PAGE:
Book Review: Agincourt, by Stephen Cooper | HistoryNet MENU

Book Review: Agincourt, by Stephen Cooper

By HistoryNet Staff
2/25/2015 • Military History Book Reviews, Reviews

Agincourt: Myth & Reality, 1415–2015, by Stephen Cooper, Praetorian Press, an imprint of Pen & Sword Books, Barnsley, U.K., 2014, $32.95

The 1415 Battle of Agincourt is among the most celebrated of English victories—highlighted by the drama of two kingdoms’ fates and the heroics of Henry V, whose untimely death in 1422 made him, in the words of author Stephen Cooper, the “James Dean of his age.” It was perhaps the last great victory of the longbow, supplanted over the next century by the Swiss pike and handgun of the German Landsknecht. For the French however, Azincourt (as they call it) is just one among many military disasters they have endured in their long history.

What we know of Agincourt comes from 26 unreliable chronicles—10 written in England and 16 in France, and only four of which were written within a decade of the battle. Troop numbers are debatable, though the emerging consensus has 5,000–6,000 well led English (“we happy few”) defeating 12,000–20,000 poorly deployed French.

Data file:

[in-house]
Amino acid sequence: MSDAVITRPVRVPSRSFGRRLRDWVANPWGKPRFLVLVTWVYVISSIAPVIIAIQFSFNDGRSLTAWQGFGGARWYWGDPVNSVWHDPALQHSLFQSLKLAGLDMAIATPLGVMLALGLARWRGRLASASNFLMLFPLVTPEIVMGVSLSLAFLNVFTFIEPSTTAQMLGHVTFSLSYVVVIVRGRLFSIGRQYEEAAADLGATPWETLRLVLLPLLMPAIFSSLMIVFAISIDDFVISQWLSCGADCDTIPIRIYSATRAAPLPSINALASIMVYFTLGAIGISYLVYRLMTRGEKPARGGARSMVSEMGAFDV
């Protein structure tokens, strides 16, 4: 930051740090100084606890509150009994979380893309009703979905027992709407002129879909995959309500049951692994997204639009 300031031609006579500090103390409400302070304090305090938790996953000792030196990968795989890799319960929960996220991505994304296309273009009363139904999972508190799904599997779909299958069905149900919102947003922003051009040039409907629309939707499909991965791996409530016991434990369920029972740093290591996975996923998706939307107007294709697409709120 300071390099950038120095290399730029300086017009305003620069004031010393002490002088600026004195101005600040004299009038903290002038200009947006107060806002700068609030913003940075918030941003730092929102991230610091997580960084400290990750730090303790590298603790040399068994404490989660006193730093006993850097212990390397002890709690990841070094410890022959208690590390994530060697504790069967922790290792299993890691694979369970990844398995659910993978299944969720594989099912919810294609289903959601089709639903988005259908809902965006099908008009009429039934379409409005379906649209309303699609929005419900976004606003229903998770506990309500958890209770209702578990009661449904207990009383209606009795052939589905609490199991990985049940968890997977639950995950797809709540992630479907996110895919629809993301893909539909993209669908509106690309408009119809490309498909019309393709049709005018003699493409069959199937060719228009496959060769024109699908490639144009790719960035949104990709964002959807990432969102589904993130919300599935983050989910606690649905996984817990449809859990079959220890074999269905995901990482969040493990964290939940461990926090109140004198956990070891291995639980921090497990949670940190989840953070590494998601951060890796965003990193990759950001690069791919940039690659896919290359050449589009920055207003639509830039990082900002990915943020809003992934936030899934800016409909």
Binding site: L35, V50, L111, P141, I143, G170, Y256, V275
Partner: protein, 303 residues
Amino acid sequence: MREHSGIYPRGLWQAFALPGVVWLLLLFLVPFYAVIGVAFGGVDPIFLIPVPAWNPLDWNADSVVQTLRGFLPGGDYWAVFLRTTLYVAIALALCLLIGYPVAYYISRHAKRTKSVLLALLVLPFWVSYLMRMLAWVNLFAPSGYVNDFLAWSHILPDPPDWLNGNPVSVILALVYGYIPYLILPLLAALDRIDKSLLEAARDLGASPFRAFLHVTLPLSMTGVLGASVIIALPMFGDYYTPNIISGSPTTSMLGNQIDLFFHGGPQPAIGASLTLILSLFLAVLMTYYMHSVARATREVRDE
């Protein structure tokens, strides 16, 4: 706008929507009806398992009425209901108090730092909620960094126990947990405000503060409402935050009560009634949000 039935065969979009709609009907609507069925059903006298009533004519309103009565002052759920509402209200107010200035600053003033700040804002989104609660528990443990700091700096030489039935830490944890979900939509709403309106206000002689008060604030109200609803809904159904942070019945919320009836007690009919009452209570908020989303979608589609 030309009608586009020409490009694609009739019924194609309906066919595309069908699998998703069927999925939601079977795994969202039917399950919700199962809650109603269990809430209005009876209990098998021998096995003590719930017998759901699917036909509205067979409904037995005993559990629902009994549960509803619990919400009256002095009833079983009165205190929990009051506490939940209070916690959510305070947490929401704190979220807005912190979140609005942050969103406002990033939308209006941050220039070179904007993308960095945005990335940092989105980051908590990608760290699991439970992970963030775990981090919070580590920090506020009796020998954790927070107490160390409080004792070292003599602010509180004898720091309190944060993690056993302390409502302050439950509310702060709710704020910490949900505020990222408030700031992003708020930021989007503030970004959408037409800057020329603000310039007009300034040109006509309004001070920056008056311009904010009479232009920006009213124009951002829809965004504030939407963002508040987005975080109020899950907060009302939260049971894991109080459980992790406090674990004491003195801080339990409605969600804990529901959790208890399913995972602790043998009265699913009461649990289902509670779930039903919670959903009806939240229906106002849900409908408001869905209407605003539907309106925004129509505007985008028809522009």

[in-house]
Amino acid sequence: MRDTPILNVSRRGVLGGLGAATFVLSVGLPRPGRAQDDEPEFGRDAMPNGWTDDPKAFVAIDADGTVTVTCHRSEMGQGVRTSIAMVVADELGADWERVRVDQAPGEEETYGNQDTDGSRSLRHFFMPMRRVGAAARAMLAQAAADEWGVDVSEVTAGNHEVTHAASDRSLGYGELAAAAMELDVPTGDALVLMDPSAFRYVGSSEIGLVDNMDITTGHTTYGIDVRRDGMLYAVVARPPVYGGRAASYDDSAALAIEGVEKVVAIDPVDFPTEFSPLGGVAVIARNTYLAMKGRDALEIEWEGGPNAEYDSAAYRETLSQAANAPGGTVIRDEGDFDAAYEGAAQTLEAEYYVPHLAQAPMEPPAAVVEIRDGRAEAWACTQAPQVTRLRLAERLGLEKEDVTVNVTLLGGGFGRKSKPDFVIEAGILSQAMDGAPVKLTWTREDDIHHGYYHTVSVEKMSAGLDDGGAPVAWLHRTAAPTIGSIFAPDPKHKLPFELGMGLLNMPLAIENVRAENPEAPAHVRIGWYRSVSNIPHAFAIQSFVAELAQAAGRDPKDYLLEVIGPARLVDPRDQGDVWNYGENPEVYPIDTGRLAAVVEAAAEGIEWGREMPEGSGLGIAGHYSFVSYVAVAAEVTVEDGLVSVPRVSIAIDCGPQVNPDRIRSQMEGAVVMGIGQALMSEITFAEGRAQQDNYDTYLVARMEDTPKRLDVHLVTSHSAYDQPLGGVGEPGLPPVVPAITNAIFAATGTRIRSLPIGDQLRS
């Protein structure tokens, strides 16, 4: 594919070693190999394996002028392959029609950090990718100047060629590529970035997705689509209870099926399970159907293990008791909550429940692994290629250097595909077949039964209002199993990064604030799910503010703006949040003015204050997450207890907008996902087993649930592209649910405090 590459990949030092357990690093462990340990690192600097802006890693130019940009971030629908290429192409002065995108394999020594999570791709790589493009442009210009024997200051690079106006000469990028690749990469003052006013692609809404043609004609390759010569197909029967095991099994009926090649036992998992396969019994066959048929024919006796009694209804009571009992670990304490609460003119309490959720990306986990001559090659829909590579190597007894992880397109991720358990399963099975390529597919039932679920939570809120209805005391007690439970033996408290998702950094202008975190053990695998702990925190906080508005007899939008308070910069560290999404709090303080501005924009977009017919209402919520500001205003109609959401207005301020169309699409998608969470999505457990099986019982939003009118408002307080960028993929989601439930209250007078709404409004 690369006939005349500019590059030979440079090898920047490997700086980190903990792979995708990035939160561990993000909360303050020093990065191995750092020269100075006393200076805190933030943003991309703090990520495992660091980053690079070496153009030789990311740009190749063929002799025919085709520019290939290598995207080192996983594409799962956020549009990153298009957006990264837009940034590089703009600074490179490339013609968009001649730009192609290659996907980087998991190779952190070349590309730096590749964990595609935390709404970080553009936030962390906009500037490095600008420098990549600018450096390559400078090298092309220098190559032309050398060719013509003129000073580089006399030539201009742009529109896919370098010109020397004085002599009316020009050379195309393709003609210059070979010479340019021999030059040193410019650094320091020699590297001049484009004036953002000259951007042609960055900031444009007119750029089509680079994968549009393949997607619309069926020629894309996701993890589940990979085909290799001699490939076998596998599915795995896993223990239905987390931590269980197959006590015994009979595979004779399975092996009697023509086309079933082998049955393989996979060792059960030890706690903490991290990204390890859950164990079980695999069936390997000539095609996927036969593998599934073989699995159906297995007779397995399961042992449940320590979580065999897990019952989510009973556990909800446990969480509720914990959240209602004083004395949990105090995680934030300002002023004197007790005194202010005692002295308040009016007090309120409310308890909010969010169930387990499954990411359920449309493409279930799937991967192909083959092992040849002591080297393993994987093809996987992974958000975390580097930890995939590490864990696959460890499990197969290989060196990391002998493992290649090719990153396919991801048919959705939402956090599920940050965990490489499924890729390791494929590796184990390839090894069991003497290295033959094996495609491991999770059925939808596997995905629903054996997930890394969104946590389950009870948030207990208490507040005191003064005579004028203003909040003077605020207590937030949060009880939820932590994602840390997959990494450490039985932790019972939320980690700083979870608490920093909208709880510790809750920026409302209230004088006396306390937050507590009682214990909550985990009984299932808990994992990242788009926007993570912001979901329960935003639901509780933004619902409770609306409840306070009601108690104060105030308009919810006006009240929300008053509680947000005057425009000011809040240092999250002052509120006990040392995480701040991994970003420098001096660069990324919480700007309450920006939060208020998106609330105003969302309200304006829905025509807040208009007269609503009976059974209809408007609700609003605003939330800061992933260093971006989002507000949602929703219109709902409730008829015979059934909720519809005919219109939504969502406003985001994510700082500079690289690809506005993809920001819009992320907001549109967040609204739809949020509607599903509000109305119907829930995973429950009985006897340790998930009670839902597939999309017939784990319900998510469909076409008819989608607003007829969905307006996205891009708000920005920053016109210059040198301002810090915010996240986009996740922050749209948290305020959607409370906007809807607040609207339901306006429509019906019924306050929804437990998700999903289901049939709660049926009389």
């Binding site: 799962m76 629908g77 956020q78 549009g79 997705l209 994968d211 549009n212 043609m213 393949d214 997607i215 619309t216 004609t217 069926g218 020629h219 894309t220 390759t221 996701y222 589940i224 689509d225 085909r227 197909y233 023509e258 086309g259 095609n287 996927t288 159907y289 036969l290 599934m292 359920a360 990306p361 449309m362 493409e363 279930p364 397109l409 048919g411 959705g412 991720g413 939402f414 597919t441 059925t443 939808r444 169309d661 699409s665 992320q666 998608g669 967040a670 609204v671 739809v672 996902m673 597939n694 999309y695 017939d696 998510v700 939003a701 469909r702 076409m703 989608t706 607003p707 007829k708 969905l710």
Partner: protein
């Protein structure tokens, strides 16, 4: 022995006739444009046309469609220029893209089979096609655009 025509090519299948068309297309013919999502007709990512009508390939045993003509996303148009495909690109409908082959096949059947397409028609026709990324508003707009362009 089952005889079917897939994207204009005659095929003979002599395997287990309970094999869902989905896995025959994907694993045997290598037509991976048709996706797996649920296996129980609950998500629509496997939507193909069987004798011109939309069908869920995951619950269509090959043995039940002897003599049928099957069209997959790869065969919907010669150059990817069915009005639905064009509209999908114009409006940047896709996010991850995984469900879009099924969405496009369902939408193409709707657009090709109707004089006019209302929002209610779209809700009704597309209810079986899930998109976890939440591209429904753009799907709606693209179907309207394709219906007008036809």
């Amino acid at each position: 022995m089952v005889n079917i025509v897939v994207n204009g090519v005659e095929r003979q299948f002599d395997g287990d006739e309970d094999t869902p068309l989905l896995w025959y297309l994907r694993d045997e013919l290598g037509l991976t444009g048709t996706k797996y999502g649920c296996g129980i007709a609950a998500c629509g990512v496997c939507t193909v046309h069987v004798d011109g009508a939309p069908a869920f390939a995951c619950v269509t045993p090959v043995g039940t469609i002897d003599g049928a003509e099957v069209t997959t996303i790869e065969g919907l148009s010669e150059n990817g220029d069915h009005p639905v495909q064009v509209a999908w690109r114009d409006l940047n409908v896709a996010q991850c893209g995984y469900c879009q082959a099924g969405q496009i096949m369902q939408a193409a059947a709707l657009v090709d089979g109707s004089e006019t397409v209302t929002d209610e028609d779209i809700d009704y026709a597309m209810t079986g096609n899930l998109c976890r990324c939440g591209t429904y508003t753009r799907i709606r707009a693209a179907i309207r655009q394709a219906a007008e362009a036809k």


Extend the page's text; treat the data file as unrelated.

William Shakespeare’s eponymous 1599 play about Henry V, and later movies based upon it, immortalize the king and popularize such bromides as “God is on England’s side” and “one Englishman is worth 10 Frenchmen.” Novels by G.A. Henty (At Agincourt, 1897) and Bernard Cornwell (Azincourt, 2008) reinforce these notions, though historians such as Desmond Seward have been critical of Henry, particularly his execution of prisoners. Unlike recent commemorations at Bannockburn (1314), site of a battle waged to defend and define Scottish identity, marking the 600th anniversary of Agincourt in October 2015 will be awkward, as it was an act of English aggression on French soil that evokes the era of imperial adventuring.

Influenced by Ann Curry’s Agincourt: A New History (2005), Cooper has written an accomplished academic work of his own—with impressive illustrations, bibliography and endnotes—that is also accessible to the general reader. Despite minor errors—such as misdating the Battle of Bouvines to 1314 rather than 1214—it is a book well worth reading.

—William John Shepherd

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